Inventorying the FBI
An project to take inventory of the FBI’s files on different subjects in order to identify what the FBI has worked on and to help requesters know what files they can request. This project takes advantage of the FBI’s numerical filing system to query files and identify the subject of a file without having to pay for the complete duplication cost.
The project will begin and initially focus on 161 files, which are Special Inquiries for White House, Congressional Committees and Other Government Agencies and 190 files, which are files relating to the Freedom of Information and Privacy Acts.
That doesn’t mean you can’t contribute by helping ID files of other subjects. For a fairly complete list of the FBI’s file types, see here.
FBI’s own guide to searching for records requested through FOIA confirms why you should always appeal FBI FOIA searches
A presentation from the Federal Bureau of Investigation’s Records Management Division uncovered by Paul Galante as part of our Ronald Reagan FBI file crowdsource outline the process used by FOIA officers to search for records.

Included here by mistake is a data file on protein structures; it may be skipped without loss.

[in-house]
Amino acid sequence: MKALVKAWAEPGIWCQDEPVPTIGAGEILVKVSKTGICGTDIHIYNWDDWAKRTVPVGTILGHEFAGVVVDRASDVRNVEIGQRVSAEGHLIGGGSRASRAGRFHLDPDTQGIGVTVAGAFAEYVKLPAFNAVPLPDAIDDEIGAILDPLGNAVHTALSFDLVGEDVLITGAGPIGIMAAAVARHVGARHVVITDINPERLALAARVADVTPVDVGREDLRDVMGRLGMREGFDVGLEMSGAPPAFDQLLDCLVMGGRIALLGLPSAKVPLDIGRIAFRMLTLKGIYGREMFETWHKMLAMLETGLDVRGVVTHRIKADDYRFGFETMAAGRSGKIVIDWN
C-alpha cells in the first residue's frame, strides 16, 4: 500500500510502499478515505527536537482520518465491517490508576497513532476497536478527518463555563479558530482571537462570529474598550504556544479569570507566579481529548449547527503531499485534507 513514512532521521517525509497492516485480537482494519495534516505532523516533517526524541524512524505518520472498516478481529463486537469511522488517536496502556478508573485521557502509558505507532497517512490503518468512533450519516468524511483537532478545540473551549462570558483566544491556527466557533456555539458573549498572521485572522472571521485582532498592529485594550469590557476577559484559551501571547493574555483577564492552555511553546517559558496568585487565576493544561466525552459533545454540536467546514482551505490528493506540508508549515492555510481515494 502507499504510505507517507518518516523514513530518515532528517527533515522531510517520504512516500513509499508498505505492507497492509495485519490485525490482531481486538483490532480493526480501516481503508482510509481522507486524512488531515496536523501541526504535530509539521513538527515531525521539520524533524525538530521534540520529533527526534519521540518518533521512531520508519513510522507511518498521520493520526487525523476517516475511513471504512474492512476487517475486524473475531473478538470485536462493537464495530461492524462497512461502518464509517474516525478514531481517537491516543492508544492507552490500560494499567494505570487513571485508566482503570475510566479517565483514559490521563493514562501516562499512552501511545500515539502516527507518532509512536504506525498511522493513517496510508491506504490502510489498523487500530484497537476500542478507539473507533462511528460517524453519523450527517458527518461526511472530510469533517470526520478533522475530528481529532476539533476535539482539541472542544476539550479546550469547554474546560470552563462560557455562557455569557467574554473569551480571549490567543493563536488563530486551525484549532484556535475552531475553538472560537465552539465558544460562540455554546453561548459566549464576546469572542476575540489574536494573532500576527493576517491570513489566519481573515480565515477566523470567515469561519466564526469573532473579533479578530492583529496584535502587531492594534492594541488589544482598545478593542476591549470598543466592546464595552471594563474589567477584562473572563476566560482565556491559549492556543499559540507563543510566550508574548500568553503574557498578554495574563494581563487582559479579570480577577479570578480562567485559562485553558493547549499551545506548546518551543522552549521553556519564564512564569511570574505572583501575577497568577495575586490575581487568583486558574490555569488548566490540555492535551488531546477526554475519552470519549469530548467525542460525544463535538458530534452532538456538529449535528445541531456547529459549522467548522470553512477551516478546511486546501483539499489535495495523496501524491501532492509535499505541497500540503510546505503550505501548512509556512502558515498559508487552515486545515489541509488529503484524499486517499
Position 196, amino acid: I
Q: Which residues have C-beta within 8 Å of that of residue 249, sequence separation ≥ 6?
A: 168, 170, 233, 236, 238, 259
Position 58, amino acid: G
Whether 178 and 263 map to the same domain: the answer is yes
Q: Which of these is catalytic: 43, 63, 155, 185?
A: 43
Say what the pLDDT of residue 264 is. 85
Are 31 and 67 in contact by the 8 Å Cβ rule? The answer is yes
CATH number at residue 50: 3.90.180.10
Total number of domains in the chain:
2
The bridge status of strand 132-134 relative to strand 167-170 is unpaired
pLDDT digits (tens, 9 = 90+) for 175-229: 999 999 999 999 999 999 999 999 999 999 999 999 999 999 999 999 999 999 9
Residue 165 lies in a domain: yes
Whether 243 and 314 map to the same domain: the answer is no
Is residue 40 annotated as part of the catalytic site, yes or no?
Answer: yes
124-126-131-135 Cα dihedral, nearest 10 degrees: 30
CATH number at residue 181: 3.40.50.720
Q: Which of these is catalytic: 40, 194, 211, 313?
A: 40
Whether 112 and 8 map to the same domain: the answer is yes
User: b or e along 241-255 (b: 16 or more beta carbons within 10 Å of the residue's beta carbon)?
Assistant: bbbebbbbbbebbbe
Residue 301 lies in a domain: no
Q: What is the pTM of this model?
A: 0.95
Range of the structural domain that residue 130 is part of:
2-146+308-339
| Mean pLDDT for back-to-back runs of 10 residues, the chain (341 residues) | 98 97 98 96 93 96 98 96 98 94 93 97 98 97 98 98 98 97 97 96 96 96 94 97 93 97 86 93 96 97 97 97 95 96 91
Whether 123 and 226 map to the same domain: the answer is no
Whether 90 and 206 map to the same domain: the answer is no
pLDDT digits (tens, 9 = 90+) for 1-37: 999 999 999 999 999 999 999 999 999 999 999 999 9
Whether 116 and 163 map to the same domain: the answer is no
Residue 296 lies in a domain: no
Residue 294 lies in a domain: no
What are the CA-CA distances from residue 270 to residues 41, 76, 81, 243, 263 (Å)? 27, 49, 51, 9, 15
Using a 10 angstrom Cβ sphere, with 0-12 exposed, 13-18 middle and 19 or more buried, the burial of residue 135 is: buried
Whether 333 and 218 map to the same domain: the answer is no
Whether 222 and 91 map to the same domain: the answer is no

When the Federal Bureau of Investigation’s FOIA office in the Records Management Division prepares to release a file that it deems significant, newsworthy or controversial, it issues what’s known as a High Visibility Memoranda. These memos, circulated to different parts of the Bureau and often to the Director’s Office as well as outside agencies, outline the proposed releases and their possible fallout. A recent release of over 500 pages of these memos serves as a list of files for FOIA requesters to file new requests for so the files can be published online, as well as showing government reactions to the requests themselves.
While investigating a DOJ leak to the mafia, the FBI appear to have overlooked a known mafia mole at the telephone company
The Federal Bureau of Investigation’s file on telephone security measures appears to show the Bureau overlooking an obvious line of inquiry while investigating a leak to the mafia and possible tapped phone lines. While the file indicates that the Bureau checked both the Justice Department and the Internal Revenue Service’s phones for taps, it indicates they may have overlooked the most obvious possibility: that the culprit was the phone company employee who’d been giving the mafia access to the phone lines.